Mythological Origins of America

Posted: June 2, 2012 in Uncategorized

It’s not any way comforting to believe that the Golden Age is a stooge for something else with another name that completely contradicts its accepted origin and cause. Prepackaged accounts give out the Golden Age as an after life state in Hesiod and Homer that Virgil transferred to the present life. Virgil invented much, even if he was hijacked  by notions older than Hesiod and not a bit Greek. The Pergamon Altar replays an antagonism between ancient forces. Older myths do not promise earthly bliss like the Golden Age. They promise you will be eaten. Set and Osiris, the Titans and Chaos. Hades means “the unseen” Greek god of the underworld.

Restorations of the Golden Age said, “Europe completed Greek myth exactly in the new world with parallels of Ophir and Hades in the Indies. The American voyage thus represents a metaphoric, mythic descent into hell. The underworld was destined for those who qustioned Columbus, who wished for his critics at home ‘another journey’ for them: ‘Let the habitual critics and fault-finders sitting safely at home ask me now: ‘why did  you not do this in those circumstances?’ I should like to have had them there on that voyage. But I truly believe that another journey of a different character is in store for them if there is any reliance to be placed upon our Faith.”

Thomas Campion’s Latin poem Ad Thamesin (1595) describes more of the journey of America to Hades, literal sense of the gloss “Americae poetica descriptio” appended to the lines,

“There is a place in the west sacred to Dis hidden in the waves, which the blessed Nereus and Oceanus, taking pity on men, concealed.”

[He concealed it out of pity that if they found it it would be to their destruction.]

At first the consecrated place appears “hidden” in the waves… beneath the unknown waters,” but it emerges from the sea. Dis complains,

“Why does this island remain unseen? The earth groans with its weight, with shining gold ripened in its fertile womb.”

Fertile womb indeed if America, Washington D.C. especially, is the covert home of the seven hills. The word “poetical” in the sense of a “poetical description” of America should be understood  as an interpretation of Elysium where Elysium was in Hell, as opposed to philosophers who thought Elysium was the Fortunate Islands or theologians who thought it was the dark side of the moon. In calling Hades an island Campion exploits the naive geography of America, that is, an impediment around which to seek passage for India; but the island Bermuda also served as a model for Dis’s home in its reputation for storms and devils, already well known.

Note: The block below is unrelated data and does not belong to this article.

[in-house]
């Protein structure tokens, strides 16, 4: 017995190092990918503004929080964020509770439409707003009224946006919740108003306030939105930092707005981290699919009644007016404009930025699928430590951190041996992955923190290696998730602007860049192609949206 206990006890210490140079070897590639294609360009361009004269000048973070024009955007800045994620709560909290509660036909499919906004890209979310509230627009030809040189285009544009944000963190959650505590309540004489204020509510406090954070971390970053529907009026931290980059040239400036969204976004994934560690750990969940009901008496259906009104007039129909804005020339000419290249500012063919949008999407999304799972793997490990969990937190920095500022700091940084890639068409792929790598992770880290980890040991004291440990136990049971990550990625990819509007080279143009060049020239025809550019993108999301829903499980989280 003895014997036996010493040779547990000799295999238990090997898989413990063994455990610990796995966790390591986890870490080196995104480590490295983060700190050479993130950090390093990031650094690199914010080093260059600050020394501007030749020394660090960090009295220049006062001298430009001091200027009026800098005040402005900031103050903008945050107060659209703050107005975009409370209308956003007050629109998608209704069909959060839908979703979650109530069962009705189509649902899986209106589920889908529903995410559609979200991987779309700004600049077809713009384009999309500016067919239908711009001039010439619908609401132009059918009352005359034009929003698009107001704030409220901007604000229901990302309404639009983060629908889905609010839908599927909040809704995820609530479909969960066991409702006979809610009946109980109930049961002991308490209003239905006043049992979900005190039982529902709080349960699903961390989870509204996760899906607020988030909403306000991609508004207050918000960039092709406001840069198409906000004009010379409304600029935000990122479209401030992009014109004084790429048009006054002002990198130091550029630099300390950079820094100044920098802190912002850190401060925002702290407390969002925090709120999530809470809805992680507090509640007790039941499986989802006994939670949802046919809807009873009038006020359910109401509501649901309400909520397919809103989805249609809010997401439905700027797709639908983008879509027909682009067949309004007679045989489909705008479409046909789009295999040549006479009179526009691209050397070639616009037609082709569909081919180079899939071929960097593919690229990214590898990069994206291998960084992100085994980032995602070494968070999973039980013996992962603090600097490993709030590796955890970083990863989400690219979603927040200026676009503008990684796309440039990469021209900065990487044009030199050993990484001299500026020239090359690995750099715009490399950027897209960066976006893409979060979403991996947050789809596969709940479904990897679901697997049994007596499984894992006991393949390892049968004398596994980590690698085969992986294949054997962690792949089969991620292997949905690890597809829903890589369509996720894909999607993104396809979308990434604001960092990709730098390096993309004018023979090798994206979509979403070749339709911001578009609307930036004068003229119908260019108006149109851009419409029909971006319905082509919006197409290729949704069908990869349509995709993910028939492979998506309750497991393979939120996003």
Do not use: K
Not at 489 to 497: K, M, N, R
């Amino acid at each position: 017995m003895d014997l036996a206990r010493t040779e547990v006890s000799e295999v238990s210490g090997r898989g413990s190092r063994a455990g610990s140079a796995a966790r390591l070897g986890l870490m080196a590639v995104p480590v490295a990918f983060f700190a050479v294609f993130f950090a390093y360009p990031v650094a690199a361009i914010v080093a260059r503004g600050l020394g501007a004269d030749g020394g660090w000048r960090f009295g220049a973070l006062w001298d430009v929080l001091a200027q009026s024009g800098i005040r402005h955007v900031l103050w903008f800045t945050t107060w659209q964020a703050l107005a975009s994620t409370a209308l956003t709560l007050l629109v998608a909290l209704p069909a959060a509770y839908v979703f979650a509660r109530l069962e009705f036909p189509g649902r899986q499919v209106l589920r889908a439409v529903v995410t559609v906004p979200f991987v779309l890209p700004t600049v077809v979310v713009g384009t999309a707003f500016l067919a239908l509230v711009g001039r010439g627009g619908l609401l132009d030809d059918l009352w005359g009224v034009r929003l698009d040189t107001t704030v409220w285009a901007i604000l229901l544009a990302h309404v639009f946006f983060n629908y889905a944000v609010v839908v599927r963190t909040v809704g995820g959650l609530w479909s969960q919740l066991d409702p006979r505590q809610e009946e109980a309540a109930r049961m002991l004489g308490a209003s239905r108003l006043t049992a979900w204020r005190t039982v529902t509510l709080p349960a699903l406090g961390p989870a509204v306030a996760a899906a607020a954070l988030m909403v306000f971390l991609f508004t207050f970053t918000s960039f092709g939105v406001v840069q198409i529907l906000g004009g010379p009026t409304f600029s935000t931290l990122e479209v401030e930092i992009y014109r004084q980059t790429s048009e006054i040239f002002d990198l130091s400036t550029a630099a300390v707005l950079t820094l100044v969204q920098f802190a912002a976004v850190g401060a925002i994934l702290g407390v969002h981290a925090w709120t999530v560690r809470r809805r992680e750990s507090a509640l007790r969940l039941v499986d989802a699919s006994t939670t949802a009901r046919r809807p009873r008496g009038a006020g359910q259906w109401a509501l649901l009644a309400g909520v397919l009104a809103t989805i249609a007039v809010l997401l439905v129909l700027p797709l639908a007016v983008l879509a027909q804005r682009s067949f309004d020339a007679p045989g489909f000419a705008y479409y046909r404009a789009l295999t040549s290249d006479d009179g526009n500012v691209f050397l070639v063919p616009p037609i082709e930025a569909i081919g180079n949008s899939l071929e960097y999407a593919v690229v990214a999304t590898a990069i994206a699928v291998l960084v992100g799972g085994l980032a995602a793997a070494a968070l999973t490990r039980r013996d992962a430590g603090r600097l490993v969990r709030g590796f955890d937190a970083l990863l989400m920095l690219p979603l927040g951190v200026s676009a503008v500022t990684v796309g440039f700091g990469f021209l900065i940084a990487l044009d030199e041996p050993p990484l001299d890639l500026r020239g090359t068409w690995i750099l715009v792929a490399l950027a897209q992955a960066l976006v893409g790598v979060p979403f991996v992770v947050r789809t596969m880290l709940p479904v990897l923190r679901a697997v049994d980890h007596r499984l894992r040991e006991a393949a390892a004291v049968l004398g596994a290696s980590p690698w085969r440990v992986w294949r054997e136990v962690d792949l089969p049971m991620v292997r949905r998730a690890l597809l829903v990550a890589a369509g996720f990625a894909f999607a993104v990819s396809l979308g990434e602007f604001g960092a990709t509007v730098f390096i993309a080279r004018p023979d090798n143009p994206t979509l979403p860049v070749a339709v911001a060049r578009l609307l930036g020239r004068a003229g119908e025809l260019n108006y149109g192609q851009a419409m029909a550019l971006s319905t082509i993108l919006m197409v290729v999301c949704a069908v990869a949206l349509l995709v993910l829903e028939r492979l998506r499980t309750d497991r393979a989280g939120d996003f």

The poem juxtaposes the defeat of the Spanish Armada of 1588 with the rivalry between England and Spain for the new world. The imagery of storms in the poem, “A gloomy storm  and unseasonable night,” suits both the storm that wrecked the Armada and the  storms of the Indies. According to Campion, the attempted Spanish invasion was motivated by the Spanish who in thei9r travels looked too long into the fountain of envy in hell, where Dis entertained them, and became jealous of England, the land of “white cliffs,”  “the island which sparkled with white rocks in the spring.’ The two islands, England and America are thus implicitly compounded with one another because the Spanish threaten both; the poem spans two worlds of fortune, the old and the new. The island of Dis is invisible, “remains unseen,” both for its concealment by the underground lord and for the fact that it remains undiscovered. Dis would have the Spanish newly plant civilization, and since the Spaniards seek a place “sacred to Dis” he [Dis] asks Oceanus to give them smooth passage. The phrase “gold ripened in its fertile womb” joins gold with the human womb, which was a common association among the English and the Spanish. Copying older writers they found trees too as mines which yielded literal  gold  “walnuts” or nuggets as much as they could find gold “as big as the head of a child.’ These images do not seem as bizarre in the naive “golden” sense that C. S. Lewis uses to describe the best of Elizabethan poetry. He means an easy grasp of the image, but there is no ease about the underpinnings of Dis, for all the good fun of the Renaissance most knowledge of Dis came from no knowledge, otherwise it would be said as Campion does at the start, that it would be altogether “another” voyage.

But Oceanus gives the Spanish a freshening east wind to sink their fleet on the shoals, only diverting his plan when “he realized that you, Drake, would bring destruction to the Spaniards, and noble Frobisher of outstanding daring, and likewise the wealthy Cavendish bringing back rich spoils to his native shores from new successes; for fortune favors bold hearts.”

This blatant English propaganda was everywhere in these writings. The Spanish were then examined by Hyperion, who “wondered what new colonist had come into unknown lands.” Dis cast a spell on the Spanish youth: “The Hesperians were mourning not out of respect for the bard but because they were indeed wracked by the vision of the noxious fountain.” Good stuff, this fountain of envy, where “the Spanish youth greedily flooded their eyes with the waters,” is the stated cause of the Armada in 1588. Finally “the diseases of Phlegethon and raving madness, unwelcome pain, and Erinnys lauding her own death sent the Spaniards down under black Tartarus.” Thus America (Hades) seems to swallow up the Spanish so that Britain can occupy, while at the same moment the Armada is defeated. Tartarus and Elysium, the two levels of hell, are both realized in that the Spanish do down under Tartarus while the British go on to Elysium.



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